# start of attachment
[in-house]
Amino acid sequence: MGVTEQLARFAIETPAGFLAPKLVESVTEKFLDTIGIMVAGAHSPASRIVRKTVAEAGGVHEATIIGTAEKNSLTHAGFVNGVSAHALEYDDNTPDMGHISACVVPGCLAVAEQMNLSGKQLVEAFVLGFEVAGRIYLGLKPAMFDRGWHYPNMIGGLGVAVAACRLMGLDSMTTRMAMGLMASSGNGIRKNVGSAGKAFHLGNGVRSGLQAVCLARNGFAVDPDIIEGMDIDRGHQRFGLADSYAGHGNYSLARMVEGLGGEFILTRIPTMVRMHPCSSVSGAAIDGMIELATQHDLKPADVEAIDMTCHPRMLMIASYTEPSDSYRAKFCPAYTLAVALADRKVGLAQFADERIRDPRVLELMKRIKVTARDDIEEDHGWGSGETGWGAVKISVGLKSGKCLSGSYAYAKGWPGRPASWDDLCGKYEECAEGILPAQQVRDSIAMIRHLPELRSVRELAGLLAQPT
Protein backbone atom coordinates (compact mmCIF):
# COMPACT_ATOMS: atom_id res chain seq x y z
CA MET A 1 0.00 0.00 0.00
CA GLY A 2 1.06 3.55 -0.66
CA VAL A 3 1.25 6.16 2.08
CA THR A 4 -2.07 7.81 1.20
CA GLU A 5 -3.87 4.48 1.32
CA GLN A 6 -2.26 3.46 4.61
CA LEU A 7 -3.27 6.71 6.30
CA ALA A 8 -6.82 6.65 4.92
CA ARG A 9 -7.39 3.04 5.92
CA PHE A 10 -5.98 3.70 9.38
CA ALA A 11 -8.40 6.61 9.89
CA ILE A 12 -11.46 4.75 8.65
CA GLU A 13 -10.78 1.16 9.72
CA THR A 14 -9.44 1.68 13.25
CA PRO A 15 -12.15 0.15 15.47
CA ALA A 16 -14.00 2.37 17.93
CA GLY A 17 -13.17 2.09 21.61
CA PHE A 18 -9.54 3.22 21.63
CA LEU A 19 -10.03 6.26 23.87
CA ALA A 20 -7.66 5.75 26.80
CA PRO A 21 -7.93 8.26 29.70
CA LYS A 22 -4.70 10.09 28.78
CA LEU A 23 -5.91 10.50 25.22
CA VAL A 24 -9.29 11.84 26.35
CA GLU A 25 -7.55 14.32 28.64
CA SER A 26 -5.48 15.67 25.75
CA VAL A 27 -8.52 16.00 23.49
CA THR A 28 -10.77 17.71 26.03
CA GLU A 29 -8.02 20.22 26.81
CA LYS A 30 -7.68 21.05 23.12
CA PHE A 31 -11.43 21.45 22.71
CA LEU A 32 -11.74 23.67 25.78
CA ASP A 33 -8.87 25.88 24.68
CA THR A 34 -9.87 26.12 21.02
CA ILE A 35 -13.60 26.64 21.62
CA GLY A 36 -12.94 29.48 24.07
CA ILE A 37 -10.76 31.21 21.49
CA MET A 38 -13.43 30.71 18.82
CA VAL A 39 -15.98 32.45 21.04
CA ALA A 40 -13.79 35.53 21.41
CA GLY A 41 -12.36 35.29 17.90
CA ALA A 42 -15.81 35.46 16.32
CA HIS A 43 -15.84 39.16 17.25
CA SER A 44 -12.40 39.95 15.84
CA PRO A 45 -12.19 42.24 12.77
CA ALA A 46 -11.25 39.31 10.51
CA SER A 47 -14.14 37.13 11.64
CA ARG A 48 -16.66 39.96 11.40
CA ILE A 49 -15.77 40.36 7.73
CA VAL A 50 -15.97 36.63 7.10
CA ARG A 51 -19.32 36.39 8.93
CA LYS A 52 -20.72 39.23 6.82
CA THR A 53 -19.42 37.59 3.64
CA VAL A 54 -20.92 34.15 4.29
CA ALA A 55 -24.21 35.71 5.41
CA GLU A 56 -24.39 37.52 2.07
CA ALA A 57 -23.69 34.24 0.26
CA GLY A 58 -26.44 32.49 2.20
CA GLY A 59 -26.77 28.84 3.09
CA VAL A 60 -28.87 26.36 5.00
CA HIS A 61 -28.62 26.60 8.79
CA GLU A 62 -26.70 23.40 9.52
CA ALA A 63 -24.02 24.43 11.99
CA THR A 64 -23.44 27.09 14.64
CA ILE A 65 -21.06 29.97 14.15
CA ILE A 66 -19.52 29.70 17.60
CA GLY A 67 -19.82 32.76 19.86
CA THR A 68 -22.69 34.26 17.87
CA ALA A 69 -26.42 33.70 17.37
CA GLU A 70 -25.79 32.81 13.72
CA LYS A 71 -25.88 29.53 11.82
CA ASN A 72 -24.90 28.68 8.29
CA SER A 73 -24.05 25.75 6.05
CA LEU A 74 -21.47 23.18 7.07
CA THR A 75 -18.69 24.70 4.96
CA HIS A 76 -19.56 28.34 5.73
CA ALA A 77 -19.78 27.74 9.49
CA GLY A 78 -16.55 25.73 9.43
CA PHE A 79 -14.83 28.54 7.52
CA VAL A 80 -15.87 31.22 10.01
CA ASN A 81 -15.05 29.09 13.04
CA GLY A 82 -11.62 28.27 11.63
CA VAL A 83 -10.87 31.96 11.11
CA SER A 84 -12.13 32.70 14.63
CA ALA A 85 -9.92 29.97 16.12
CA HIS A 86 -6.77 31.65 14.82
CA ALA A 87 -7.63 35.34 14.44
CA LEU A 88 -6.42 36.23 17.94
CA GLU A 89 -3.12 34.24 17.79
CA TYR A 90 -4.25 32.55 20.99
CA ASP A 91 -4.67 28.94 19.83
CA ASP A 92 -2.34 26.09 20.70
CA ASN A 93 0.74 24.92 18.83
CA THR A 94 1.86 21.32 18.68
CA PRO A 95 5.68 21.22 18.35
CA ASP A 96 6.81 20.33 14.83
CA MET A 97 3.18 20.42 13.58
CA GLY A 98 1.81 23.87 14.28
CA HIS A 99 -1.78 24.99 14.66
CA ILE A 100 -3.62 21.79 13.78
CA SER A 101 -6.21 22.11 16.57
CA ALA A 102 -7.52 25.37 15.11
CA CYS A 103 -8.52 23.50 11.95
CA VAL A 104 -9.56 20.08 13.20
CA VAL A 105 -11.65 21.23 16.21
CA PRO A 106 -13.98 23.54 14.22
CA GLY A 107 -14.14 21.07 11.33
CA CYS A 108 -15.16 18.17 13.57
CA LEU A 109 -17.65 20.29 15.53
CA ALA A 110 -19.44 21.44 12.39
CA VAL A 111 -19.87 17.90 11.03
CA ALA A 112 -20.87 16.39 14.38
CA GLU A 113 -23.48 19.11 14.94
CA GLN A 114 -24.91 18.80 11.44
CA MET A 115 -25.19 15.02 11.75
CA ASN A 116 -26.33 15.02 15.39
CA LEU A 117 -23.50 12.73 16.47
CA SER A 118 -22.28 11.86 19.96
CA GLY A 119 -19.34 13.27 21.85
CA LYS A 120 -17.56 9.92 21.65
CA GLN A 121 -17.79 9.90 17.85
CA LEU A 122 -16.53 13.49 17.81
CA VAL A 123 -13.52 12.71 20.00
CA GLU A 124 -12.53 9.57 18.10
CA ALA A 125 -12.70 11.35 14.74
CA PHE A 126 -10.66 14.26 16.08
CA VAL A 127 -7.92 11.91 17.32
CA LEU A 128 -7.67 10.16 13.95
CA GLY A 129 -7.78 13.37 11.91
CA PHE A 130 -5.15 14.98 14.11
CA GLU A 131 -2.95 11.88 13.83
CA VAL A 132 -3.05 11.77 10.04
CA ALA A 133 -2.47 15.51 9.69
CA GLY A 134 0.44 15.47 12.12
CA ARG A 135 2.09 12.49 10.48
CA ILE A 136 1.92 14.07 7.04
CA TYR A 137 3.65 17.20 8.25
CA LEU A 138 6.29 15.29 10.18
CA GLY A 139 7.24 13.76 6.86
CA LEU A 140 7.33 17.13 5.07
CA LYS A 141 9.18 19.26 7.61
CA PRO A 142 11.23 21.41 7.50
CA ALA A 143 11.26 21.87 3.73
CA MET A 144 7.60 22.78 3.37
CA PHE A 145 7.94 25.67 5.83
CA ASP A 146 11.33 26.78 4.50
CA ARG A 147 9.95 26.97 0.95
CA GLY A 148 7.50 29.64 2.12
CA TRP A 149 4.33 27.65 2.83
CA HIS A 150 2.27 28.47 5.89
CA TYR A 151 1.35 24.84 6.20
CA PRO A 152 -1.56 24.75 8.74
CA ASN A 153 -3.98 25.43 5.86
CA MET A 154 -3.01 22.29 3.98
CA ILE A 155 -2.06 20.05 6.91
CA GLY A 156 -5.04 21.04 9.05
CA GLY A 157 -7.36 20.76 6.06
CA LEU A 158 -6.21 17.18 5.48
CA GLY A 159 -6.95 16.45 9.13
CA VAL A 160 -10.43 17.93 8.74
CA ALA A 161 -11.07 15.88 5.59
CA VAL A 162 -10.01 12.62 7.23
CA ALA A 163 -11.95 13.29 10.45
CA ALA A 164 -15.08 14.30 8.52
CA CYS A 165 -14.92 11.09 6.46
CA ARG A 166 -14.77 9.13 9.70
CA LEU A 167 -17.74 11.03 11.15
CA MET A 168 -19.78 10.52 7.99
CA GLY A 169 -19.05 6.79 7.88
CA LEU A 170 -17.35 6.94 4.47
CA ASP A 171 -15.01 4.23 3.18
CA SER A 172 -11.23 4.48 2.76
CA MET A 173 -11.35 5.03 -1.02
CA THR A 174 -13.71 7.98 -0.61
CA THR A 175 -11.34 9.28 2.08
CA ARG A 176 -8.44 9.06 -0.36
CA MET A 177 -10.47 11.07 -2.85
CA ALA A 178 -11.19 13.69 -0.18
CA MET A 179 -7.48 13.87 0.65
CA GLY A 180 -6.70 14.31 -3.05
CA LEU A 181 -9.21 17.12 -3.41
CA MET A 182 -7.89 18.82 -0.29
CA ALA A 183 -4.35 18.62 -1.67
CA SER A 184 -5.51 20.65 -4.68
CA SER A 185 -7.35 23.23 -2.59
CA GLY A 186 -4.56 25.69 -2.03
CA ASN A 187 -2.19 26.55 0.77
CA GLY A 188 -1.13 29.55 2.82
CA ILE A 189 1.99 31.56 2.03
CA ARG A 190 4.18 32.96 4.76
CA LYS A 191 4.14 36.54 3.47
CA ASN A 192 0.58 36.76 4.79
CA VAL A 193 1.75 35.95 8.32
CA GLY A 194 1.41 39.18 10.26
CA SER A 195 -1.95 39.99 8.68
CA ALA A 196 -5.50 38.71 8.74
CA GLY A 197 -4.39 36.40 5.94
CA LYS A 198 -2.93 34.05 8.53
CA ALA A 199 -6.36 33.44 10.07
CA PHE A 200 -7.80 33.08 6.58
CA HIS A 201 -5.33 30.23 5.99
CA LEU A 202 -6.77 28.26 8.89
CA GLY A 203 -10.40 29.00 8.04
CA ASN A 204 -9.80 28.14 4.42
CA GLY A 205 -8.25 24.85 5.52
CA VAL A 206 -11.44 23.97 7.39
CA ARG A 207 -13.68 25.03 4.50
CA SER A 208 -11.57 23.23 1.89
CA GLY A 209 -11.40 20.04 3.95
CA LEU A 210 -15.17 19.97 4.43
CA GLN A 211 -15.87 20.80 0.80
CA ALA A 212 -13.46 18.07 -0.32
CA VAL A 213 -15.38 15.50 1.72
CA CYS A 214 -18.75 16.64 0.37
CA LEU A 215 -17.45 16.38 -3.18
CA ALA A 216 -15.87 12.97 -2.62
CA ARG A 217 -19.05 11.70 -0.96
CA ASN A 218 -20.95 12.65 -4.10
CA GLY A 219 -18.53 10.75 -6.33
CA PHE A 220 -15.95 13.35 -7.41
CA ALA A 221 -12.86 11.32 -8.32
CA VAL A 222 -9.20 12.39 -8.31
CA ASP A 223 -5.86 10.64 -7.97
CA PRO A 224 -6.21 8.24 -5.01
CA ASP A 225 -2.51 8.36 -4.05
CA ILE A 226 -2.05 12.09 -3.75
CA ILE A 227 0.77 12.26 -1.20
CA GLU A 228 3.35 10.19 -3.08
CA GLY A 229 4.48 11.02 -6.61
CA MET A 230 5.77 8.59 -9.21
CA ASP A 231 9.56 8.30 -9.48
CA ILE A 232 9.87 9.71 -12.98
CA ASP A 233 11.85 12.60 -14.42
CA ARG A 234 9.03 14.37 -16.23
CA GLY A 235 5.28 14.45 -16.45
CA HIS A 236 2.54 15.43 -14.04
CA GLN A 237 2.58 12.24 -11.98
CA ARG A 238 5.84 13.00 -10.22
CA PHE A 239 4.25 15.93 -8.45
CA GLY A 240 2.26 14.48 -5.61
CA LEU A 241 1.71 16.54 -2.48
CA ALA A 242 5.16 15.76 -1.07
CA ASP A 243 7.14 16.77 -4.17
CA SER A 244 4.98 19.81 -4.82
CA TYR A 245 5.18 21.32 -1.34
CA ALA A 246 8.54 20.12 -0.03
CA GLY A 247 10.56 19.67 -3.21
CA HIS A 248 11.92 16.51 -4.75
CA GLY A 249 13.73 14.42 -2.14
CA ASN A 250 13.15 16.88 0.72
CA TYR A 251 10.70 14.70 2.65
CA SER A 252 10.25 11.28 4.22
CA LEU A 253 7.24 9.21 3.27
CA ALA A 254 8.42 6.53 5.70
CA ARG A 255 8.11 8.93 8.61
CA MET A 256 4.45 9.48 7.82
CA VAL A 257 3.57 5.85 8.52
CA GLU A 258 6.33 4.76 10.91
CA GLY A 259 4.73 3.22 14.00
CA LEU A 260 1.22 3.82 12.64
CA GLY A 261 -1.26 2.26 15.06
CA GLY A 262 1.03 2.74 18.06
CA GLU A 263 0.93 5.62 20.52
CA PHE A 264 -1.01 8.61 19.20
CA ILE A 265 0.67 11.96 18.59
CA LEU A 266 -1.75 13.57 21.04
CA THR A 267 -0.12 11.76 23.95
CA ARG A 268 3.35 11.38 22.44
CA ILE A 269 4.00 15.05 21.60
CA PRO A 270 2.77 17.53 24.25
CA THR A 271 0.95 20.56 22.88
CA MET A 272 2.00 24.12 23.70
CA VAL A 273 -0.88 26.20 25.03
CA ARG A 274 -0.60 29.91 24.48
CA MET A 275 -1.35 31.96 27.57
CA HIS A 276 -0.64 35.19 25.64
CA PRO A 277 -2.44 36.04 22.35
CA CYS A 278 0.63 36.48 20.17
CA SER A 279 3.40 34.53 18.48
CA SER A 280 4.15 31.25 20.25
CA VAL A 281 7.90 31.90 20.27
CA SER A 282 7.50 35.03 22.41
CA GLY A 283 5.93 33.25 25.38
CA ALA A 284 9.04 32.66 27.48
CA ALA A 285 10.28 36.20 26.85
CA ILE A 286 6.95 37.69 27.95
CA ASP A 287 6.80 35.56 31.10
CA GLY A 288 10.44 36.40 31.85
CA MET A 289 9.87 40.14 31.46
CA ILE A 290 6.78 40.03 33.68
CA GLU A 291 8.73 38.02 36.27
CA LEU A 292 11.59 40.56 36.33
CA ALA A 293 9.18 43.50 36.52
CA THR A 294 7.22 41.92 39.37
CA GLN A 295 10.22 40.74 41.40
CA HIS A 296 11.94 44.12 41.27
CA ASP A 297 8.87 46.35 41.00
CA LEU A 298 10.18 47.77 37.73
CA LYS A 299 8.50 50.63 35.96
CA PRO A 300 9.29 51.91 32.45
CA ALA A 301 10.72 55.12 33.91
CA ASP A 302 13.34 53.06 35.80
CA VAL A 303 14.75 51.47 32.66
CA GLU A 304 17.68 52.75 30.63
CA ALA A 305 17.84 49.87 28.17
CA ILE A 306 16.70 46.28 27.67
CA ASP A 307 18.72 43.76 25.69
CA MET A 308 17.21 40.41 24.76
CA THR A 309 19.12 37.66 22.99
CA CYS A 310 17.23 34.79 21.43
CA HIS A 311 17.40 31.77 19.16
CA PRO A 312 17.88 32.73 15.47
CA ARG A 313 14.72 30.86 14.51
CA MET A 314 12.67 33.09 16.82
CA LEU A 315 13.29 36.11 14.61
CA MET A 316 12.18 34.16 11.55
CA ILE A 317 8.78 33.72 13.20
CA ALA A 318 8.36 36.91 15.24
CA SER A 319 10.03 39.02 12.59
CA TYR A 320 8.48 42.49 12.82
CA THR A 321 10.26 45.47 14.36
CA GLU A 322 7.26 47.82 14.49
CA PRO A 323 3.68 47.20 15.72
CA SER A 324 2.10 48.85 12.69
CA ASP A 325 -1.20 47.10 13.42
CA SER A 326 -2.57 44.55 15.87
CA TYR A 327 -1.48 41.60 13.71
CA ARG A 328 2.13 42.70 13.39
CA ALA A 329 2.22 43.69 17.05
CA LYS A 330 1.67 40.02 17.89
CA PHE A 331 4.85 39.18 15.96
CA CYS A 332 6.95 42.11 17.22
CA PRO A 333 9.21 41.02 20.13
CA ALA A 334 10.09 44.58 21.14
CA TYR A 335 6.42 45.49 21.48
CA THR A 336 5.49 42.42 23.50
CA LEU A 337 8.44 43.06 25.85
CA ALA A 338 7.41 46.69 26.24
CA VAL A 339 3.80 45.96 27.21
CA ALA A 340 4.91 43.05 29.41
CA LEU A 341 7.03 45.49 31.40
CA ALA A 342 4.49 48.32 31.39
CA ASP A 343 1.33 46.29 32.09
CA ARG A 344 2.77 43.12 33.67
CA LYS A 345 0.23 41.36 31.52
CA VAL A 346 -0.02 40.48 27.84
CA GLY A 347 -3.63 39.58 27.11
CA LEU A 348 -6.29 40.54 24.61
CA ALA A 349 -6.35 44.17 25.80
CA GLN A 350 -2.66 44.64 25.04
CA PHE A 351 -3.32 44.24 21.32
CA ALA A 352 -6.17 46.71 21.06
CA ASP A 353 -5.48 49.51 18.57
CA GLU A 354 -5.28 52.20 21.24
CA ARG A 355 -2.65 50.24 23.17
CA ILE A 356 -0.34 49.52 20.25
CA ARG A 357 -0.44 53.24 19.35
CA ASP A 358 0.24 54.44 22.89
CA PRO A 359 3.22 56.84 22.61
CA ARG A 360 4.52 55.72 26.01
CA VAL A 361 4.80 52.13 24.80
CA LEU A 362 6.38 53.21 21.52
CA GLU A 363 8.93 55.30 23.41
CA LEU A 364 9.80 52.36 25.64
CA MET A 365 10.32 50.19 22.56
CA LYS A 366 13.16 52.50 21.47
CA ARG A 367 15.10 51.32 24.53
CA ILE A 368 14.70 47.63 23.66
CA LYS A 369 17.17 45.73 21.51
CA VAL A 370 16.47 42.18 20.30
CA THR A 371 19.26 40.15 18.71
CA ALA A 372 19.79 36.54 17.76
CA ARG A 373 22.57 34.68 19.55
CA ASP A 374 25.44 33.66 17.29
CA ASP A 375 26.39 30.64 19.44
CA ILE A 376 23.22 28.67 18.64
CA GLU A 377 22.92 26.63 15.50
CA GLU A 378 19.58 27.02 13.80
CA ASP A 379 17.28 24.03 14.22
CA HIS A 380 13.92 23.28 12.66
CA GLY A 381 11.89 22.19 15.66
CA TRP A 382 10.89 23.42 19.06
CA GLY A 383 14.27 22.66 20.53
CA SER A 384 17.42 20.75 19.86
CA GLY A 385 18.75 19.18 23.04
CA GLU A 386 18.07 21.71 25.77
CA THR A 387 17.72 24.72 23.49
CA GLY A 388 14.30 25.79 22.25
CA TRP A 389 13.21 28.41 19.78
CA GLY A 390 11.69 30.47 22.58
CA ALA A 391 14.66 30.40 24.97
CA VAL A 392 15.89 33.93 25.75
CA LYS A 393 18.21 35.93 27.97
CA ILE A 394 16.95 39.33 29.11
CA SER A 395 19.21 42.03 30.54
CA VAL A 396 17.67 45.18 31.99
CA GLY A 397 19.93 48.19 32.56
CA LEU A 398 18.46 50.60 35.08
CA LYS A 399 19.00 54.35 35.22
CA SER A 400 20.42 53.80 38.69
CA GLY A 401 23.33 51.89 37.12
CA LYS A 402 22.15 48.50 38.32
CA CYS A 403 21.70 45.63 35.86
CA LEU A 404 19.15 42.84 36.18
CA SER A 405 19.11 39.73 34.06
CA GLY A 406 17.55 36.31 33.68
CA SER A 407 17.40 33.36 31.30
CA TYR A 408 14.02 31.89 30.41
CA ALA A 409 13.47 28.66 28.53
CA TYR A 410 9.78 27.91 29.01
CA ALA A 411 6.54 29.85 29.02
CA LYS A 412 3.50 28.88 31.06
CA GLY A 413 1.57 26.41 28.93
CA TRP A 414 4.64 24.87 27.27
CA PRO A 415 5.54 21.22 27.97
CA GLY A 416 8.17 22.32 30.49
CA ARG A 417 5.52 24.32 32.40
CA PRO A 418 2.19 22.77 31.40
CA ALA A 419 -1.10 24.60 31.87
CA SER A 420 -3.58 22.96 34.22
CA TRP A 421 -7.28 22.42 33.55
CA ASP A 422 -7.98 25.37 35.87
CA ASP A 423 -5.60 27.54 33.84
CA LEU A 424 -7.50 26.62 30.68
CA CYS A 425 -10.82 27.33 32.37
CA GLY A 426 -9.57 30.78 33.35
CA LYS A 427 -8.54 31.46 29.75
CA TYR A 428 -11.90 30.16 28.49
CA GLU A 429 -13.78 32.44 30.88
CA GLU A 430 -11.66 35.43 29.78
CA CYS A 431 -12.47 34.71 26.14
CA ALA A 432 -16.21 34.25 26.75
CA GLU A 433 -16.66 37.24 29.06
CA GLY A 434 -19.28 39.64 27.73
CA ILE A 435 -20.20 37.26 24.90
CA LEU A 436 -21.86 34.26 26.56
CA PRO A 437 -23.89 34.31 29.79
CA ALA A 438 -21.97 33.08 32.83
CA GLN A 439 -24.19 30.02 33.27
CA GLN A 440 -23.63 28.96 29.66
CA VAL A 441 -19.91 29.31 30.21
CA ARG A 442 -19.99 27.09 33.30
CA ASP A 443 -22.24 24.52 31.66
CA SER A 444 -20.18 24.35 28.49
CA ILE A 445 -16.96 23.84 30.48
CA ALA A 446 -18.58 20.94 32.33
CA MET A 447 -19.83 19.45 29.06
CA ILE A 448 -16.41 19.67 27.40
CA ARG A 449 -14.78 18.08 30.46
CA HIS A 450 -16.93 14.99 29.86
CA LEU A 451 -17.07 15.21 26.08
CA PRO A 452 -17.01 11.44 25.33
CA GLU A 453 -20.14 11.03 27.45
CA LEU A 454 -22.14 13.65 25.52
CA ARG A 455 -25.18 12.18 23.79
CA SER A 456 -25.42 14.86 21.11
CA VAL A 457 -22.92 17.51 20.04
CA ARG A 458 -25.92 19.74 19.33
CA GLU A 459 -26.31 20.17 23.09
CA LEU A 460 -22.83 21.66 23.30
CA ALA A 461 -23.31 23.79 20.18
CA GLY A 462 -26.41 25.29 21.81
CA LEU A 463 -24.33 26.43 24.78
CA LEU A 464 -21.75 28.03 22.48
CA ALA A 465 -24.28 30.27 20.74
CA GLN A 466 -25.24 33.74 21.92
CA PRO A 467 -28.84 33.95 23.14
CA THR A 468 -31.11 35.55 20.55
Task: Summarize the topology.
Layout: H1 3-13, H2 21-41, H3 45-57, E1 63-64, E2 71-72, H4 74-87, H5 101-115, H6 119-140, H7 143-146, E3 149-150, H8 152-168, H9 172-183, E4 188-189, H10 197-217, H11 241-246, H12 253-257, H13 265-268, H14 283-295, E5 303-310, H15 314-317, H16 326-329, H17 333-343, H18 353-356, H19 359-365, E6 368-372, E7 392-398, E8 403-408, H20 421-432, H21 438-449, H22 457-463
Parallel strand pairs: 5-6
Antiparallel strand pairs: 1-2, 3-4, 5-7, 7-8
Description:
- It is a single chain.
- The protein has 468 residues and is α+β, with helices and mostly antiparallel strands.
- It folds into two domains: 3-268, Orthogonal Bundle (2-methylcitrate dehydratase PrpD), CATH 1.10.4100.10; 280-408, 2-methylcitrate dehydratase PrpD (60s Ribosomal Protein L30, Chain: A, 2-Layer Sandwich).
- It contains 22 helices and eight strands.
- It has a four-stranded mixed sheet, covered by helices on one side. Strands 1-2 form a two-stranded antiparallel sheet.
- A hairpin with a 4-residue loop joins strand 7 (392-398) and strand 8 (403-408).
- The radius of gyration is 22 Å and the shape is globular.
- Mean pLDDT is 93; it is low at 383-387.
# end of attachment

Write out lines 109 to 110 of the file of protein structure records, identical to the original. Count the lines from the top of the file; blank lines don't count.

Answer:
CA VAL A 105 -11.65 21.23 16.21
CA PRO A 106 -13.98 23.54 14.22